A new Dorset Carer Reference Group will give unpaid carers the opportunity to discuss key issues for carers, share their views and experiences of local NHS and carer services and help to shape new services being considered for the future.

If you are supporting someone in the Dorset Council area, we’d love you to join us. The group will be meeting at various locations next year between 11am – 1pm. There will also be the opportunity to join these meetings online.

Friday 24 February – Wimborne Community Centre, 41-44 King Street, Wimborne

Friday 7 April – Portland Community Venue, Three Yards Close, Portland, DT5 1JN

Friday 19 May – Stour Connect, Stourview Close, Sturminster Newton, DT10 1JF

Friday 30 June – Bridport Tourist Information Centre, Town Hall, Bucky-Doo Square, Bridport, DT6 3JP

If you are interested in joining the Dorset Carer Reference Group, email us at admin@carersupportdorset.co.uk or call us on 0800 368 8349.

If you’re interested in a first hand account from a current member of the group, Steve has kindly written about how he came to join the group below. We hope this helps to explain what can be achieved and gained by joining, but please contact us with any questions you may have.


“I’m not sure when I became a carer. My wife has Huntington’s Disease which sort of creeps up on you then hangs around for a very long time. I do know that I was completely out of my comfort zone and pretty clueless about what to do and where to get help. There seemed to be a very complex system to be navigated and a lot of pieces to be fitted together and prioritised.

Things were missing that I expected to be there. Somebody to hold my hand whilst I attempted to sort out all these complex issues; an integrated system to make a smooth passage through the many disciplines, organisations and departments that my wife would need; a recognition of my role and expertise and someone who was asking how I was. And most importantly a frustration that I didn’t have a voice.

Having to retire early to become a fulltime carer had also left me isolated from the social infrastructure that I had been used to for so long. I came from a busy and responsible job and felt that I was now somehow lacking in purpose and beginning to question my worth. For quite sometime I wandered around in the fog not quite sure which direction I was heading.

My first foray into the world of volunteering was to get involved with my local HD branch, primarily supporting my wife who had made friends with some fellow HD patients. After some time, I joined the committee and reluctantly stepped into the chair’s role when it looked as if no one else felt confident to do it and the branch was in danger of folding. That’s been very rewarding.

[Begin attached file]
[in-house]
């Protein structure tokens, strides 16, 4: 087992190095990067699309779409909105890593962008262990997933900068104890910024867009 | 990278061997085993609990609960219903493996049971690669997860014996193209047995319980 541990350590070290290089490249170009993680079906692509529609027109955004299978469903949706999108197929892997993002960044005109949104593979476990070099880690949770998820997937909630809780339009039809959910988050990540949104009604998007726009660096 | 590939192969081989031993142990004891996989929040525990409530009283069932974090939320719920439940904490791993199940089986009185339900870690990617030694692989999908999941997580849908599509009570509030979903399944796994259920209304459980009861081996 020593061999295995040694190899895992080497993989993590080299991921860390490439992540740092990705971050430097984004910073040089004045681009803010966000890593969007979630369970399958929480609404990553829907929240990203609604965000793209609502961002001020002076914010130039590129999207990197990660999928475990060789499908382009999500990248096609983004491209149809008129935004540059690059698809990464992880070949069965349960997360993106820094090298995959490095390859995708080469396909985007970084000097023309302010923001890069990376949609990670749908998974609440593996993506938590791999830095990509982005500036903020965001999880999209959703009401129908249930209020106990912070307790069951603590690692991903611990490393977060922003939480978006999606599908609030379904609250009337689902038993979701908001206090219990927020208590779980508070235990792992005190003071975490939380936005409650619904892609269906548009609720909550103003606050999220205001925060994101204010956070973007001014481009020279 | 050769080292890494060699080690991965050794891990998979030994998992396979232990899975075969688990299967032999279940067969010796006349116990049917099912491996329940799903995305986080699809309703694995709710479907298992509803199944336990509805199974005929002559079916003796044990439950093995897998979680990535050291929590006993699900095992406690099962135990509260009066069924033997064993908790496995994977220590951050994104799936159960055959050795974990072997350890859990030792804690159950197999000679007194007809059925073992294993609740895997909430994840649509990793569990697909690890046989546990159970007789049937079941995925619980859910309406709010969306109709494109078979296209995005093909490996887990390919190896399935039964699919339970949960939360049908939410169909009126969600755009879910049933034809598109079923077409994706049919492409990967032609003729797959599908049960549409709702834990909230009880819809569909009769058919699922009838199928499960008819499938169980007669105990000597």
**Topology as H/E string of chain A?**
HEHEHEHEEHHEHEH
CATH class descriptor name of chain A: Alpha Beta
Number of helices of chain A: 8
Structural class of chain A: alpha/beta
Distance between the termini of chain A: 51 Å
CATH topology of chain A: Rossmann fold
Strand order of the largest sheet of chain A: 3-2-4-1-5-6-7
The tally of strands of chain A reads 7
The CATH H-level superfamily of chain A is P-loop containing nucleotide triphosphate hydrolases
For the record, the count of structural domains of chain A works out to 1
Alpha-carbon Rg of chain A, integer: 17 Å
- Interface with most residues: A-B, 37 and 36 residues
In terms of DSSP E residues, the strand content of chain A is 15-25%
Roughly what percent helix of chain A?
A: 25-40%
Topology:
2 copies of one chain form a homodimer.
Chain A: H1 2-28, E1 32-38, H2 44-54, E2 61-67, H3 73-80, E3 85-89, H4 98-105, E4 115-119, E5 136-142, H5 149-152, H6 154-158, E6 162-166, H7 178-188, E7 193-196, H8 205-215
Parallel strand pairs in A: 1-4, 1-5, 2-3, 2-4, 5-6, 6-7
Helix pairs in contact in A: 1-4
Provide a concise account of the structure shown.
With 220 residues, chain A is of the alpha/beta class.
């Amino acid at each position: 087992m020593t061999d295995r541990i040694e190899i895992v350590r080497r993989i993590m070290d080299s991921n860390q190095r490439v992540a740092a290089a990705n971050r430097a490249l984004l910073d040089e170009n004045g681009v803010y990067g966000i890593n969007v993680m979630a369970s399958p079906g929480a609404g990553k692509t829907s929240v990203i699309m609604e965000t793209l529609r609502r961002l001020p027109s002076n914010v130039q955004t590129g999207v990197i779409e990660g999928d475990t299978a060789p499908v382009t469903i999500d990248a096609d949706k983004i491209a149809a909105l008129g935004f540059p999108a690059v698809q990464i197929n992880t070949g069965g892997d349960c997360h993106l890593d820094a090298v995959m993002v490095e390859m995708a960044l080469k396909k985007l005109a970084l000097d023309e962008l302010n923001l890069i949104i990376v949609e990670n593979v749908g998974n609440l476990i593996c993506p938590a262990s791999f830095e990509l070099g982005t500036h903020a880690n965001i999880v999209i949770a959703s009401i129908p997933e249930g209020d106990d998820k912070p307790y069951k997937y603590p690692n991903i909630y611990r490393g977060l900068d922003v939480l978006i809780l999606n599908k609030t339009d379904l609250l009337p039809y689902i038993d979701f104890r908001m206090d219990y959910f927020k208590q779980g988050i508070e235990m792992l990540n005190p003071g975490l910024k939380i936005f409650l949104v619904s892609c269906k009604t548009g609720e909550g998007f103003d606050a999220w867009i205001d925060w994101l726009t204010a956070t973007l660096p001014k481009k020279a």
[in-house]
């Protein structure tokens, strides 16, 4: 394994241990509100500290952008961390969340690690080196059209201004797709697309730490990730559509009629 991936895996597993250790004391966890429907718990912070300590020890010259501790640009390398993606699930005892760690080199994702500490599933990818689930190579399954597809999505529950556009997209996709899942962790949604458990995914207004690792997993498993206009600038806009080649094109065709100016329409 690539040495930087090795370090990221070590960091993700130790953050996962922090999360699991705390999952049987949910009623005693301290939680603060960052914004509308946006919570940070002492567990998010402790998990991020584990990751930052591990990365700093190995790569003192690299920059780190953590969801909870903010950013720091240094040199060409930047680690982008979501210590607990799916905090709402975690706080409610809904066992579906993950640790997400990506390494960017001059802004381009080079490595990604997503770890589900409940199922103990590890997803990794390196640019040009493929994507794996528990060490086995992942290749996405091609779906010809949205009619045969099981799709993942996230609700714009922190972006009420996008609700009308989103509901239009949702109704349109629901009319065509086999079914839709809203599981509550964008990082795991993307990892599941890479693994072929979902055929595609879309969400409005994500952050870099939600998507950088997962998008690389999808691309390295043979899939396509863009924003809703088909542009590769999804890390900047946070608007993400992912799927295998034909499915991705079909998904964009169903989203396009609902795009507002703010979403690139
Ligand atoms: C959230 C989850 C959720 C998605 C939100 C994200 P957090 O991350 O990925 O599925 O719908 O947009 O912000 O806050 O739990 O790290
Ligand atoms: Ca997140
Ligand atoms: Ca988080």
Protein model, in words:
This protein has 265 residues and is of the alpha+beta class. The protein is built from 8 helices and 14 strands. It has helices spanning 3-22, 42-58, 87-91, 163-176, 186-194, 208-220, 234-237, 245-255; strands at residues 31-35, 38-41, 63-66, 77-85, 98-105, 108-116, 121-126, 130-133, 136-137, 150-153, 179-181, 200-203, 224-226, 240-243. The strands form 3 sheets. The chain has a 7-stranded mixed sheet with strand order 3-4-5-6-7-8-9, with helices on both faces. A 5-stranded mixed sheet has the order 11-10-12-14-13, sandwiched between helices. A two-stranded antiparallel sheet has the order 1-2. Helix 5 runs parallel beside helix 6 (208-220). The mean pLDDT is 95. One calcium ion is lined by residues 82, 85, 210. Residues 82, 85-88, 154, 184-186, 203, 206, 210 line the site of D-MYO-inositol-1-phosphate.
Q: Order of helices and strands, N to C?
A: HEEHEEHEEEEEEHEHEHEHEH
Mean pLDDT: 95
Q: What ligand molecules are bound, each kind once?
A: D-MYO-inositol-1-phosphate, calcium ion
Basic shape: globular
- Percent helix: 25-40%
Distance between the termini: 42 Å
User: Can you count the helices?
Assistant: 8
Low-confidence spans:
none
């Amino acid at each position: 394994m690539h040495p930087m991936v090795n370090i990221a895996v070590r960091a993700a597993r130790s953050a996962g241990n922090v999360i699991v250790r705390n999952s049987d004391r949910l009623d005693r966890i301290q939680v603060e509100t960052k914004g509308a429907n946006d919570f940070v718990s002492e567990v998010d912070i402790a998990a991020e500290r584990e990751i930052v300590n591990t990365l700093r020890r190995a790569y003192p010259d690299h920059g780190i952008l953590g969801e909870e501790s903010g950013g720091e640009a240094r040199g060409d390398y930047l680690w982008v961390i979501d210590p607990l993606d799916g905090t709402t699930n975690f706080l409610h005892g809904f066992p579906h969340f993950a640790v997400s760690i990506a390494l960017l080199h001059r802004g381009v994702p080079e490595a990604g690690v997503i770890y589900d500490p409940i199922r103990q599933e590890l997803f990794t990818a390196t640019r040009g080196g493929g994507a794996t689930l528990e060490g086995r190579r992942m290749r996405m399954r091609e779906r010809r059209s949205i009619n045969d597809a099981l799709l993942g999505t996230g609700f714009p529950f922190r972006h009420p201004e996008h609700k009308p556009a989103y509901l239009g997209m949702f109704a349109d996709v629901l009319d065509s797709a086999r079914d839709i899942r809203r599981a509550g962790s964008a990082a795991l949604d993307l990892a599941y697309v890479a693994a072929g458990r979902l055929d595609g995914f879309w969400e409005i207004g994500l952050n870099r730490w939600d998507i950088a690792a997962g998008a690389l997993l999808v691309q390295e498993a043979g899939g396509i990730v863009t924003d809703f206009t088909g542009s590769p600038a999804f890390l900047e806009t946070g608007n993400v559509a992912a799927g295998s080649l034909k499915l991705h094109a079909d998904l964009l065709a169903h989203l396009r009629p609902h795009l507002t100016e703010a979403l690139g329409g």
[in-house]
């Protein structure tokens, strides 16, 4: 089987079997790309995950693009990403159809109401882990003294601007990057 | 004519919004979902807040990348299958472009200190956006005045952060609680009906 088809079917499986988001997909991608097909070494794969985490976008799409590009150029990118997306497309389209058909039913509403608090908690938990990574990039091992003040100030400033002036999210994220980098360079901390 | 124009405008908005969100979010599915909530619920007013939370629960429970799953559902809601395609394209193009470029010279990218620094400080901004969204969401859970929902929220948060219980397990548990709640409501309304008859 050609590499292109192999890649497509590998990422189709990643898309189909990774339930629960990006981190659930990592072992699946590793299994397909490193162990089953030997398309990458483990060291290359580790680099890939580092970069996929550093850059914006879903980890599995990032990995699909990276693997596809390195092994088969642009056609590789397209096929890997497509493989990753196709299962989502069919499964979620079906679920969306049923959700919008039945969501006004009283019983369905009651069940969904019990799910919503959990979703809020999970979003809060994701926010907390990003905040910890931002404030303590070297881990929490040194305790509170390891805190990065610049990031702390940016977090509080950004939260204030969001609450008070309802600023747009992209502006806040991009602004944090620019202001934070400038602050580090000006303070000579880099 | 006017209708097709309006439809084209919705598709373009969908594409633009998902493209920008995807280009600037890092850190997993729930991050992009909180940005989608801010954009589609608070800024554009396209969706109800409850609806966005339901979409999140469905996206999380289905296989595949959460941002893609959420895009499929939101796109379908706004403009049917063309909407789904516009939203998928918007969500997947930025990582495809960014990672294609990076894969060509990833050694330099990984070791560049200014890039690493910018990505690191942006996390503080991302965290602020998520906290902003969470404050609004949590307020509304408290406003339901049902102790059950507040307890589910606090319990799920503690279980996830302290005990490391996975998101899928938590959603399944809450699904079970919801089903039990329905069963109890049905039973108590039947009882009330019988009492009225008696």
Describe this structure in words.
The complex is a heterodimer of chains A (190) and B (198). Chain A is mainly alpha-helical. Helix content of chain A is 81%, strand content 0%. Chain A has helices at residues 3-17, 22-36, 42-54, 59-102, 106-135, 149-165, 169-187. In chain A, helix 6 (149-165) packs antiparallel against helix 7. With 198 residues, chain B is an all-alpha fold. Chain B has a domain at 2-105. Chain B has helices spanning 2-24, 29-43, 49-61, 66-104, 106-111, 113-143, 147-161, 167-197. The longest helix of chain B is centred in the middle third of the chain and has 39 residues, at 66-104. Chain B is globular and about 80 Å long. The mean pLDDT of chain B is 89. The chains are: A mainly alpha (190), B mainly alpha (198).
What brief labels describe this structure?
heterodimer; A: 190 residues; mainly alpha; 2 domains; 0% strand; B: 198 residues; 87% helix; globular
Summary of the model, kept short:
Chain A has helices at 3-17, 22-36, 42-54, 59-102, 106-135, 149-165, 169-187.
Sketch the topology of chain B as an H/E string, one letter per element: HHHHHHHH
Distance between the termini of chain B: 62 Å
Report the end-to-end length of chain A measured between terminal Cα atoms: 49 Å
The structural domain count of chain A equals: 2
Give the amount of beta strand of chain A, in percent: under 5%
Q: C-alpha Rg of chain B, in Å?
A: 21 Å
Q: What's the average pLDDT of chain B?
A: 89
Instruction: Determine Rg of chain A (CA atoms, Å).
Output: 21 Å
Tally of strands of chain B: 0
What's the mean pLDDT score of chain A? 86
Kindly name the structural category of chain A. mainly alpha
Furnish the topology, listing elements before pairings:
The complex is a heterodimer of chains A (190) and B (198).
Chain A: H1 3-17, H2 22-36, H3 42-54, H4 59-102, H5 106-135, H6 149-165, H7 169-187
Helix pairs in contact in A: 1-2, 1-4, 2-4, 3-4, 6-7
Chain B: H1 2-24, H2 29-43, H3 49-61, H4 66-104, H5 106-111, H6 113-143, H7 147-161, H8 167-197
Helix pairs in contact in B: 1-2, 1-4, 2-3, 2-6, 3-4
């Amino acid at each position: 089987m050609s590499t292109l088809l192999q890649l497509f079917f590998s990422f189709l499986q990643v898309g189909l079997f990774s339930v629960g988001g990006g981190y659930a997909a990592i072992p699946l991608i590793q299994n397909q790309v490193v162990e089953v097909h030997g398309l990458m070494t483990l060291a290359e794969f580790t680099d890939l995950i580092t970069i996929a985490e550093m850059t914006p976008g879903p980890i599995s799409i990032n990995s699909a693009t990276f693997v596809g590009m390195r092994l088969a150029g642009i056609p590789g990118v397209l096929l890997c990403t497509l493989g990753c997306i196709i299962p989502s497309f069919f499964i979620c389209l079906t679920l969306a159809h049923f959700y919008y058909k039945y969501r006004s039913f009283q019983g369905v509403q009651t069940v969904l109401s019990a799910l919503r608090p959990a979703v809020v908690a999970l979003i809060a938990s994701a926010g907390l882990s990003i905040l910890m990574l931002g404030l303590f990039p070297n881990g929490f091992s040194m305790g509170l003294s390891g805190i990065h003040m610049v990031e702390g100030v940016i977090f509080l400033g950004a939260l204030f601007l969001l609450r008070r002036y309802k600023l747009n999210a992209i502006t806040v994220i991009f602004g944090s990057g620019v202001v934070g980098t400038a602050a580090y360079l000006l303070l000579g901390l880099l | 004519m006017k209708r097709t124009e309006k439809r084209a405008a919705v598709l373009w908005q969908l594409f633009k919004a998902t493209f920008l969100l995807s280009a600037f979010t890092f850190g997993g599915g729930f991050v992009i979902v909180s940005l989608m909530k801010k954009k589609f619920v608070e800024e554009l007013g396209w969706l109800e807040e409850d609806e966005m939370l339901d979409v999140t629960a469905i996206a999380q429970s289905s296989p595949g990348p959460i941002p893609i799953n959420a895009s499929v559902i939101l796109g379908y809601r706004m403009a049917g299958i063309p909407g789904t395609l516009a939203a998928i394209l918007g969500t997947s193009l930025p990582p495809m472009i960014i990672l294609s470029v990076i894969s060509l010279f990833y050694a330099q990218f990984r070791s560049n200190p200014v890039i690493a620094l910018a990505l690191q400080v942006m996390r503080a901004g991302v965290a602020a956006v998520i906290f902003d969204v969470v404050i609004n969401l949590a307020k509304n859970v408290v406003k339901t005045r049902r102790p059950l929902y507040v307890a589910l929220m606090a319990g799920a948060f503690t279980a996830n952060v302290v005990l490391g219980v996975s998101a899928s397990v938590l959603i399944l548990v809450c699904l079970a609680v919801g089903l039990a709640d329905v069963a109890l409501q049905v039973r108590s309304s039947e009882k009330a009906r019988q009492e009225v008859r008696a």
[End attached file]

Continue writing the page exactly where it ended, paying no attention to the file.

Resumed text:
That started to open my eyes to the groups that were out there and especially ProDisability Poole and, through them, Carer Support Dorset. I began to discover that I wasn’t the only one with my problems and that they were a common thread in many conversations that I had with folks in the carer community.

I’m feel that I am able to articulate my issues – I know the system and I’m confident to engage with people at any level. But I know many who are not able to speak up on their own behalf. It seemed that there was some injustice in the system which is why I chose to get more involved in the various carer groups and start to raise carers concerns.

The Dorset Carer’s Reference Group gives us unpaid carers a great opportunity to get involved. We talk about key issues for carers, share our individual views and experiences of local NHS and carer services and this all helps to have an influence on the shape of new services being considered for the future.

There are lots of opportunities to engage in tasks and projects running alongside the group and I can get involved in as much or as little as the current carer demands on my time allows. It’s given me back that sense of purpose and I feel that I’m now making a valuable contribution.

However, I have limited experience of the world of caring, which is why it is so important that we have a wide range of carer interests represented.

I know that we are all busy but we need fresh blood with new eyes at the table to make our efforts truly worthwhile. I’m a great believer in the old adage that you reap what you sow. I hope that I’m doing my bit to contribute to a bountiful harvest! Perhaps you can help too.”